FORMER Irish rugby star Frankie Sheahan and his business partner brother Joseph have lost their High Court challenge against Bank of Ireland taking possession of a number of their property investments and appointing a receiver over them.
However, in what has been described as a "stalemate situation", the complex ruling means the receiver can collect rent on properties in Cork and Wicklow but cannot sell them.
A source close to the Sheahan brothers likened the result to a "nil-nil" draw, adding: "This case has brought about a stalemate situation which is not in anybody's interest.
"Somebody needs to see sense here and settle it – in other words do a deal. There's a deal to be done here."
In the latest High Court proceedings, Ms Justice Iseult O'Malley held that the bank was entitled to appoint a receiver to the Sheahan properties and take possession of those where there had been repayment default.
The judge held that the bank had no statutory powers under the Land and Conveyancing Law Reform Act as drawn up prior to December, 1, 2009, to take possession or appoint a receiver.
The Act followed a landmark decision by Ms Justice Elizabeth Dunne, which struck down certain powers of banks to seize and sell property.
The brothers' barrister Ross Maguire had asked Judge O'Malley to follow Judge Dunne's findings.
Receiver Michael McAteer, had sought reliefs including an order restraining the borrowers from interfering with him in the exercise of his functions.
Judge O'Malley said each of the mortgage deeds provided for the appointment of a receiver by the bank if the mortgage fell into arrears.
She said that on dates after December 1, 2009, the Sheahans had defaultedand the whole of the monies due on each of the accounts was demanded in November 2011.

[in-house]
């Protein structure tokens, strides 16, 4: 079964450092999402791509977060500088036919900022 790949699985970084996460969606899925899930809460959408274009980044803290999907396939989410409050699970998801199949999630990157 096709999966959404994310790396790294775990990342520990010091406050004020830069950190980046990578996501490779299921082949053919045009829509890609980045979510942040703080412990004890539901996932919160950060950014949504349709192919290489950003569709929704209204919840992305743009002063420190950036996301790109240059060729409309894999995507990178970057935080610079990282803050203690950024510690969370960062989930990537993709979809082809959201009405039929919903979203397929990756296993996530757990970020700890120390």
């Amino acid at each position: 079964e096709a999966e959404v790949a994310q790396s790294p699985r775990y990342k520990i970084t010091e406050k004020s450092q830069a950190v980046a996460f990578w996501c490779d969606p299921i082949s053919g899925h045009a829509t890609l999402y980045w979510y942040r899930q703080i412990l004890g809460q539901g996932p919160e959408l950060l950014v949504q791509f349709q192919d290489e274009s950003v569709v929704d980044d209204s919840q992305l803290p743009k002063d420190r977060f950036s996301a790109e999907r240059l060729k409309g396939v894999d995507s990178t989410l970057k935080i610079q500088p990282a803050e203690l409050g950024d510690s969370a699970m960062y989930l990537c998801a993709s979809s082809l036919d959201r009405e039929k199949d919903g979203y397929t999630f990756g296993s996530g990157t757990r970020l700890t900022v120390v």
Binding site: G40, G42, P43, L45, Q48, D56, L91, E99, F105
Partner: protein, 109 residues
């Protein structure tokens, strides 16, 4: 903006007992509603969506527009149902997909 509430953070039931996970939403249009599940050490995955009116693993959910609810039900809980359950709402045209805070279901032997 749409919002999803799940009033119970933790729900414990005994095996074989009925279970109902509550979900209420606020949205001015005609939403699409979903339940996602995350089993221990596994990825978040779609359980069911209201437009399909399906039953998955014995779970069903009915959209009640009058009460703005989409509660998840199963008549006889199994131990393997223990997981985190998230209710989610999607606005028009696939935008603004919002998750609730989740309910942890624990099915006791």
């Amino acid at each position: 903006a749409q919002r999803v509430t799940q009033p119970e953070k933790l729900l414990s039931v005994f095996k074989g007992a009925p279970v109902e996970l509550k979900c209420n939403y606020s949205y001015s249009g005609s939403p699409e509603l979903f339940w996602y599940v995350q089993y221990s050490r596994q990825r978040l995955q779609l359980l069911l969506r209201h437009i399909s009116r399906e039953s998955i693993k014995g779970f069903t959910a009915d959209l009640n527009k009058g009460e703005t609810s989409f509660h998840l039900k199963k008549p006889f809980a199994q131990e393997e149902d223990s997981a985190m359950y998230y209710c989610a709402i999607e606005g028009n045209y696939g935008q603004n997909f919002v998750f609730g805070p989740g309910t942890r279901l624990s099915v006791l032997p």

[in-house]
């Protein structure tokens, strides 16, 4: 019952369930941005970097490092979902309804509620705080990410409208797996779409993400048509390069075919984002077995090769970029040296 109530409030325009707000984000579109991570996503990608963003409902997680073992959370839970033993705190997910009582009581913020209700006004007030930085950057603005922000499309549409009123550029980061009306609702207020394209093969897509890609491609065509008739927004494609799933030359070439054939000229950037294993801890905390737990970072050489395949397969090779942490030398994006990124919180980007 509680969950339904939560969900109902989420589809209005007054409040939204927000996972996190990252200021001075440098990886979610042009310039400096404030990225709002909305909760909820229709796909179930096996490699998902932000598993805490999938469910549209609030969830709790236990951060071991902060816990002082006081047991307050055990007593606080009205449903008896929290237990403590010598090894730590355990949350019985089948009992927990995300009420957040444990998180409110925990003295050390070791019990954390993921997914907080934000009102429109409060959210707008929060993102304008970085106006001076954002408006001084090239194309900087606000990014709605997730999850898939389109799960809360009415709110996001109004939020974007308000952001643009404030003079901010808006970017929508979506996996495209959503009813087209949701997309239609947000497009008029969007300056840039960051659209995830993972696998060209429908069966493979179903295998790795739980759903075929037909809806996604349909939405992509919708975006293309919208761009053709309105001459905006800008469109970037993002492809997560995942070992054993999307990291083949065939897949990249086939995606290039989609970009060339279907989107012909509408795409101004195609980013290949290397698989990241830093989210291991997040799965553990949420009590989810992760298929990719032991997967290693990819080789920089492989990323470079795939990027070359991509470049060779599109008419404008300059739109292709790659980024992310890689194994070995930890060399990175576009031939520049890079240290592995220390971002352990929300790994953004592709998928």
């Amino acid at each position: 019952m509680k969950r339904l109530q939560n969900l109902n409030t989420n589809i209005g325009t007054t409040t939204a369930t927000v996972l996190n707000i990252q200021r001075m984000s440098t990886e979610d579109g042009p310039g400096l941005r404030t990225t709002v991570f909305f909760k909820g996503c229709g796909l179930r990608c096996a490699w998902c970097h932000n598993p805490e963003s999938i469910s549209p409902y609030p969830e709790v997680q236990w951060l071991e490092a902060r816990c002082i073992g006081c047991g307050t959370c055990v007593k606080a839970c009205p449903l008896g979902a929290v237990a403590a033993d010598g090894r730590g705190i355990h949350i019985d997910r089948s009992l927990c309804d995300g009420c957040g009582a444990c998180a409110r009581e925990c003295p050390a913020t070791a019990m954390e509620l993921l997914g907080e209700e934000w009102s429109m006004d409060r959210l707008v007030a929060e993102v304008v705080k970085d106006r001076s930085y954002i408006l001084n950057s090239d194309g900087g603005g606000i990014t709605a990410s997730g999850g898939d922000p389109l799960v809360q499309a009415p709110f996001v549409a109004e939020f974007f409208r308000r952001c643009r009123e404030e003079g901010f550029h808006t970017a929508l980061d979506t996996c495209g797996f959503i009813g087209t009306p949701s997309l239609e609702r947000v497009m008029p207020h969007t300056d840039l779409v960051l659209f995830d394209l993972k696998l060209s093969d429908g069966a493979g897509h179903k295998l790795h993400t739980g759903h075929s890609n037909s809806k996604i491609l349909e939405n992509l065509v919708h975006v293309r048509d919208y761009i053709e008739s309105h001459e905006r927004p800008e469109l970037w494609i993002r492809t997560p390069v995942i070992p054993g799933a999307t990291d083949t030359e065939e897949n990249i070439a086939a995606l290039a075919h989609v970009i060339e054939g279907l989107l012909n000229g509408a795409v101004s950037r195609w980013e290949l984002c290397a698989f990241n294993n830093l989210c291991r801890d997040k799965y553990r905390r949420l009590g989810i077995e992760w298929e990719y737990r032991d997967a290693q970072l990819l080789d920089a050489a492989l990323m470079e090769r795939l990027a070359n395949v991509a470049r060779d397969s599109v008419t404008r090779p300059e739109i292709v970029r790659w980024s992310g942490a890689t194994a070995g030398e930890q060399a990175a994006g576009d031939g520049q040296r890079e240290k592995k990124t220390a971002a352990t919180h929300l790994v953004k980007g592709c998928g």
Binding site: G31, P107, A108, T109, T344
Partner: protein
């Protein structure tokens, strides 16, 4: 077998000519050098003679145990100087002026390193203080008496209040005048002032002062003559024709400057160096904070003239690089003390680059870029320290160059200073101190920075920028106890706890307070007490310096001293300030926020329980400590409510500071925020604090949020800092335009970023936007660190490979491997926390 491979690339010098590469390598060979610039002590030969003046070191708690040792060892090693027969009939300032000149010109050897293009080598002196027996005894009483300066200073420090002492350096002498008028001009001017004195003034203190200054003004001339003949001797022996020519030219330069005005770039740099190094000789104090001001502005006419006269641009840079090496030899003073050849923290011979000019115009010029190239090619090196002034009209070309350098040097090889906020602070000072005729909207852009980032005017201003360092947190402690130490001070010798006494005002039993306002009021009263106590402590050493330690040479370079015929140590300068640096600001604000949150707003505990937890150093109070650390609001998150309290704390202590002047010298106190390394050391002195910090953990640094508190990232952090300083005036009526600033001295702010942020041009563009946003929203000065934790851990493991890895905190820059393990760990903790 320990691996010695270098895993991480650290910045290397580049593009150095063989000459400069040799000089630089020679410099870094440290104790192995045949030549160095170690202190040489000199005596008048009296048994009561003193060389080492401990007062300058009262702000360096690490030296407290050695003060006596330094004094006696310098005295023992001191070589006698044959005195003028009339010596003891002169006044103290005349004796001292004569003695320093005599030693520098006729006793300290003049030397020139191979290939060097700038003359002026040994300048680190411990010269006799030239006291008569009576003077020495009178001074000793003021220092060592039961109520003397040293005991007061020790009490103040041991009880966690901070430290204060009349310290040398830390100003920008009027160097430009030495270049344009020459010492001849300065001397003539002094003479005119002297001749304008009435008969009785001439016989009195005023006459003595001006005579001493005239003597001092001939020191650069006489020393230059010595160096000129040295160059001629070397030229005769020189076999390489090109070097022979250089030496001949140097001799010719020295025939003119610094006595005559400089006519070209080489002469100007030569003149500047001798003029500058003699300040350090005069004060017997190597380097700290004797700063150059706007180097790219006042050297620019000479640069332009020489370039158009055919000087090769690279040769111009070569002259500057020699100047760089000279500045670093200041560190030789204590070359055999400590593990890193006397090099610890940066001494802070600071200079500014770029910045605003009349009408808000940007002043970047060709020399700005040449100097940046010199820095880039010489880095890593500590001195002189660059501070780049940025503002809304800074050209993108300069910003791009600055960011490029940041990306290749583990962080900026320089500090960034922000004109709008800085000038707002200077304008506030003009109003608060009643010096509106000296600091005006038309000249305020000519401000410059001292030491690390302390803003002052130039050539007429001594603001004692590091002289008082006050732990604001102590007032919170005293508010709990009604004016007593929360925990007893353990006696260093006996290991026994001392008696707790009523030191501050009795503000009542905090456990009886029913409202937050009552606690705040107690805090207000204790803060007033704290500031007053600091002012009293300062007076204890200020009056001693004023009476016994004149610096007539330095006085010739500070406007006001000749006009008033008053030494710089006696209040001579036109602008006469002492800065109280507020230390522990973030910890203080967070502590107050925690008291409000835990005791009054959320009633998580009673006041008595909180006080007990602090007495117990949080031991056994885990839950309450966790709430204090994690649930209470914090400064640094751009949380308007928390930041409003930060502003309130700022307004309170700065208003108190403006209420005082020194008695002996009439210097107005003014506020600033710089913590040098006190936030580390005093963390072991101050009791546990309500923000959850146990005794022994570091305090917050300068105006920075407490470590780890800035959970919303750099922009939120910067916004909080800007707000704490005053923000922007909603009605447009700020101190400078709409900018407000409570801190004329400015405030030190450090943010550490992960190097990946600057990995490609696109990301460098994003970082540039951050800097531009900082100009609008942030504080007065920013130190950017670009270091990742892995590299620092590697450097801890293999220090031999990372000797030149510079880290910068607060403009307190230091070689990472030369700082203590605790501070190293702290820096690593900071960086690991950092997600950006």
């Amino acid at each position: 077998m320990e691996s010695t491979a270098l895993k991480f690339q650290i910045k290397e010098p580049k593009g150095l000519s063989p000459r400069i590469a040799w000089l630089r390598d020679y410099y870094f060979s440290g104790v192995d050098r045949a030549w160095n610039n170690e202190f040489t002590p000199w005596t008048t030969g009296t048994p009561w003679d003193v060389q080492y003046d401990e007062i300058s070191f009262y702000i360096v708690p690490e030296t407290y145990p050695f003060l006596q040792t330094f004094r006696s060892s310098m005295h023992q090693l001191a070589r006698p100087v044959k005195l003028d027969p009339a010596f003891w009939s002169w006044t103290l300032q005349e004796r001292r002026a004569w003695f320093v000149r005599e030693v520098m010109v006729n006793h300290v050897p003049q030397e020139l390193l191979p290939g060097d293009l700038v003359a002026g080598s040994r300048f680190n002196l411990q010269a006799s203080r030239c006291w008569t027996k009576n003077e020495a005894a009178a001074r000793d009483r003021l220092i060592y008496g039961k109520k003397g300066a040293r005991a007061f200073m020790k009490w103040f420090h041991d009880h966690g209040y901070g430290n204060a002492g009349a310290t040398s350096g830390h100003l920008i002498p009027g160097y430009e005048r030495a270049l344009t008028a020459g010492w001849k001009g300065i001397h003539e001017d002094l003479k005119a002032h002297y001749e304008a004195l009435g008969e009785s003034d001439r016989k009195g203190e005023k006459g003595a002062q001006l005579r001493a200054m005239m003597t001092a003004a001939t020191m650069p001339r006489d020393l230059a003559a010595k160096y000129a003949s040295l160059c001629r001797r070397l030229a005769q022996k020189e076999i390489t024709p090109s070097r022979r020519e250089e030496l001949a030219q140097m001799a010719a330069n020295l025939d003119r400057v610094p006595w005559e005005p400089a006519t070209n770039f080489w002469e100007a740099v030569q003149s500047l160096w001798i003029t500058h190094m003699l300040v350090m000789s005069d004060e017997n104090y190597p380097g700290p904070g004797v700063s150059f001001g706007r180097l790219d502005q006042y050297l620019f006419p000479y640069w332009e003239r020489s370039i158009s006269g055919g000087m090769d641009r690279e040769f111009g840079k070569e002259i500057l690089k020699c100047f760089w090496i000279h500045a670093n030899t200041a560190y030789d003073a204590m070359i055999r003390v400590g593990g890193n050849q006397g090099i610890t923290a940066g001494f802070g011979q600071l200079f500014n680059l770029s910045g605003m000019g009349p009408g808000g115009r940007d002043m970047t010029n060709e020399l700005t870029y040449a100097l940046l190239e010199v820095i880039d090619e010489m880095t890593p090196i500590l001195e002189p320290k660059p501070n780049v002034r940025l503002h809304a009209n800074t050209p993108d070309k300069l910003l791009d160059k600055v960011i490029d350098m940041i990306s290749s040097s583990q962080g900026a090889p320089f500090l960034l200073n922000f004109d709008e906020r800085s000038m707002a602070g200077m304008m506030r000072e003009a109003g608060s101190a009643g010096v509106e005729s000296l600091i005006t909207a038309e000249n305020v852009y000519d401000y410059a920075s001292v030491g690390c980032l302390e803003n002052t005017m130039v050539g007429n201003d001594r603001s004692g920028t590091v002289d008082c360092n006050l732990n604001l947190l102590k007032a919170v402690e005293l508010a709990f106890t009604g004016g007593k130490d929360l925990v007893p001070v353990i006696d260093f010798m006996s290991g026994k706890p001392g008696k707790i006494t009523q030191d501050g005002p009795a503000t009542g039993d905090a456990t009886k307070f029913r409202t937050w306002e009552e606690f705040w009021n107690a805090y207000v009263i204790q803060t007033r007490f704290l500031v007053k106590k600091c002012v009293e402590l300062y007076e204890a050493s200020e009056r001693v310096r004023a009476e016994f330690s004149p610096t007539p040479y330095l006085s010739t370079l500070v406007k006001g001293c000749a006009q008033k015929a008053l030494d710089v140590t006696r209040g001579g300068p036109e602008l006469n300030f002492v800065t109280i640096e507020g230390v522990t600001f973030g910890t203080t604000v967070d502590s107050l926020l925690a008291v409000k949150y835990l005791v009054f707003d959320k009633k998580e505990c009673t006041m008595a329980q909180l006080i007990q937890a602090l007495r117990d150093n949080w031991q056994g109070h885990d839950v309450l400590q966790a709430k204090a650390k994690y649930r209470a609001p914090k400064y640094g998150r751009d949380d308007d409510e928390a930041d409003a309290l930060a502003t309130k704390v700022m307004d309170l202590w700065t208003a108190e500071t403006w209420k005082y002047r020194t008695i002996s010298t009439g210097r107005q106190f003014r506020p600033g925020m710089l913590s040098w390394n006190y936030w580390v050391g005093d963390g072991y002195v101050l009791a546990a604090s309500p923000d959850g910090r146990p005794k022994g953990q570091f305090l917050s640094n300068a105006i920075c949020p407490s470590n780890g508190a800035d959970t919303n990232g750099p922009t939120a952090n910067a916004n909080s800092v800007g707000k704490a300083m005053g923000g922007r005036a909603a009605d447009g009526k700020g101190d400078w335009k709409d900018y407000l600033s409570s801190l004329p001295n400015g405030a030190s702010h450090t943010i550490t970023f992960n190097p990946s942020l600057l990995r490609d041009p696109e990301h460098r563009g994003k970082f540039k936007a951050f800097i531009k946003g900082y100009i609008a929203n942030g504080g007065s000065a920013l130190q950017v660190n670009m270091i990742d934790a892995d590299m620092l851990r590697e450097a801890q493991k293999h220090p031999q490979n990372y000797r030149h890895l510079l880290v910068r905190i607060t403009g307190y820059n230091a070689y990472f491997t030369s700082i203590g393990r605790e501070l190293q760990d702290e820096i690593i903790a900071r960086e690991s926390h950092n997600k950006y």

The loans were not repaid and on November 6, 2012, the bank had demanded possession.
The property had not been given up and the bank now sought an order for possession.
Michael McDowell, who appeared with Una Tighe for Bank of Ireland Mortgage Bank and its receiver, sought time for all of the parties to consider the judgment.
Judge O'Malley made no specific orders and adjourned the proceedings for mention on October 7.
In a statement issued after the judgment, Mr Maguire said: "Bank of Ireland has failed in its attempt to overturn a previous High Court ruling regarding its right to repossess properties where a mortgage default occurred after December 2009.
"The court further held that the statutory power to appoint receivers was repealed and is no longer available to lenders."
He accepted that "the Sheahan mortgages do give a contractual power to appoint a receiver and therefore the appointment of the receivers is valid".
But he added: "Our view is that the judgment could create major problems for lenders and in particular for Bank of Ireland.
"Its buy-to-let mortgages give very limited power to receivers and do not seem to include a power of sale.
"Where the Bank has limited power to repossess and the receiver has no power to sell, the difficulties for the lender are obvious."